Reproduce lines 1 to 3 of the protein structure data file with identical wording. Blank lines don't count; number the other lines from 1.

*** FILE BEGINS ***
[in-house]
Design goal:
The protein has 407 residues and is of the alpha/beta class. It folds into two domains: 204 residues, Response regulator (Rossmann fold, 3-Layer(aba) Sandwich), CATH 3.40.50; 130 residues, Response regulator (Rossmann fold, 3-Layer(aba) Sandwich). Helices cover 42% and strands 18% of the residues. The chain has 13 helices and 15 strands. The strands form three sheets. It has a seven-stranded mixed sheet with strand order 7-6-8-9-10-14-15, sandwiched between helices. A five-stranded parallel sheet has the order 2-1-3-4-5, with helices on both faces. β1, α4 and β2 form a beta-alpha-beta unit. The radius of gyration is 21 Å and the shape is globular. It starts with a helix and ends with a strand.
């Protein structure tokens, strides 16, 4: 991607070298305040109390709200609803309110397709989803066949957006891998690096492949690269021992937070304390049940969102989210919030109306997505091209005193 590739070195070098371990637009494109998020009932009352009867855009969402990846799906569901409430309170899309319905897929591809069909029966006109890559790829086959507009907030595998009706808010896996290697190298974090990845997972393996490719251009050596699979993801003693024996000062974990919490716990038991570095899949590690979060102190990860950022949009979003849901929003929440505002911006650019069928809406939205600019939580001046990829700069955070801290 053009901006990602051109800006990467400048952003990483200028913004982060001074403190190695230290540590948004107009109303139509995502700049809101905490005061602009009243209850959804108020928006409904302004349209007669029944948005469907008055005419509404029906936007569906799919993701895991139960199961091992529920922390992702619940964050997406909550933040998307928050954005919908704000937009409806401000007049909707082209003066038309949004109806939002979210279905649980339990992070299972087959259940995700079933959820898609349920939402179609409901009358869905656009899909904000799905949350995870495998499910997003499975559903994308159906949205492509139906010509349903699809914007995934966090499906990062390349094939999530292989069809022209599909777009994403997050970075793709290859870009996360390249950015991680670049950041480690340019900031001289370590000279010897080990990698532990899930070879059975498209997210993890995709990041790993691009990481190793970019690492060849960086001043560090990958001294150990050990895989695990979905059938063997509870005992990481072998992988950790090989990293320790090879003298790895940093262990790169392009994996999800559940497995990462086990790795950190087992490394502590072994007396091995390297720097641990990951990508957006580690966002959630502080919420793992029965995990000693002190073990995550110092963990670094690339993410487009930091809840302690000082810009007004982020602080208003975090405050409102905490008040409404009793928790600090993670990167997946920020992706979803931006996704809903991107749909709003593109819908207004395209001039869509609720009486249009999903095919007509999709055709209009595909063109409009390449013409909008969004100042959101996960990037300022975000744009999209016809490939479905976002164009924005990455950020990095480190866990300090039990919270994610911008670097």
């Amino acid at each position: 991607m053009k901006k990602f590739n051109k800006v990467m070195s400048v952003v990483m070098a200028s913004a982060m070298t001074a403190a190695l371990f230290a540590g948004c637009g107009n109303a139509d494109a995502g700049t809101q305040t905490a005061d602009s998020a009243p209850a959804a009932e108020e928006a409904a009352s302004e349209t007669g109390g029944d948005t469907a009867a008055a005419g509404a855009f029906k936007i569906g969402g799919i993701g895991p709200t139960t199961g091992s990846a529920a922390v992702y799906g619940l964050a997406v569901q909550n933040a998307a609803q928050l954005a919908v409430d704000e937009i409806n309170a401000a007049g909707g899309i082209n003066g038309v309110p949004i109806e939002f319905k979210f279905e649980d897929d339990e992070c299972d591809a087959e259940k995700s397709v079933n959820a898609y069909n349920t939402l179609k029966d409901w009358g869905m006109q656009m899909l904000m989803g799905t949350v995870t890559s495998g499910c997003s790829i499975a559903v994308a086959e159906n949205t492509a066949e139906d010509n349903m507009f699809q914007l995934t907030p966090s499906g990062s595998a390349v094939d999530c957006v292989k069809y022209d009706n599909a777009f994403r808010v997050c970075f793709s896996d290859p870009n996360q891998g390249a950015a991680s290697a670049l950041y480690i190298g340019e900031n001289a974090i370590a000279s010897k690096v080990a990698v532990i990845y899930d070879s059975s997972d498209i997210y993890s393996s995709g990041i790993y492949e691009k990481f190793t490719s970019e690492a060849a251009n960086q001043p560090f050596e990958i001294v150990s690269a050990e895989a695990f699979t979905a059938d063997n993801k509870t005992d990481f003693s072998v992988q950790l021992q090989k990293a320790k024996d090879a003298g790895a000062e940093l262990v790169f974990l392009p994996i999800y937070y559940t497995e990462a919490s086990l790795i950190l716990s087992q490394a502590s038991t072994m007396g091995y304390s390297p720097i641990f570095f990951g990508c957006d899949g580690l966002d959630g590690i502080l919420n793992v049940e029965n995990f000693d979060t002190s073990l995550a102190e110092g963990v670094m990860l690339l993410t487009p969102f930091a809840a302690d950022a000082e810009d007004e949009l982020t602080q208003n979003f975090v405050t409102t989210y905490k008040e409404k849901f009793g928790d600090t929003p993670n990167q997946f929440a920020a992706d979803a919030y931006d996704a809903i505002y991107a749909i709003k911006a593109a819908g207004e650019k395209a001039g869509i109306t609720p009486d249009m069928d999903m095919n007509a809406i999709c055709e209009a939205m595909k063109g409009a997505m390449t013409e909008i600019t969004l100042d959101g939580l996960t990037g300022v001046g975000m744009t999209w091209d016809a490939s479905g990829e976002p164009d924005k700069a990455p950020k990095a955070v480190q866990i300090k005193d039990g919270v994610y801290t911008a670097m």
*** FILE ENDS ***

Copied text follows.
[in-house]
Design goal:
The protein has 407 residues and is of the alpha/beta class. It folds into two domains: 204 residues, Response regulator (Rossmann fold, 3-Layer(aba) Sandwich), CATH 3.40.50; 130 residues, Response regulator (Rossmann fold, 3-Layer(aba) Sandwich). Helices cover 42% and strands 18% of the residues. The chain has 13 helices and 15 strands. The strands form three sheets. It has a seven-stranded mixed sheet with strand order 7-6-8-9-10-14-15, sandwiched between helices. A five-stranded parallel sheet has the order 2-1-3-4-5, with helices on both faces. β1, α4 and β2 form a beta-alpha-beta unit. The radius of gyration is 21 Å and the shape is globular. It starts with a helix and ends with a strand.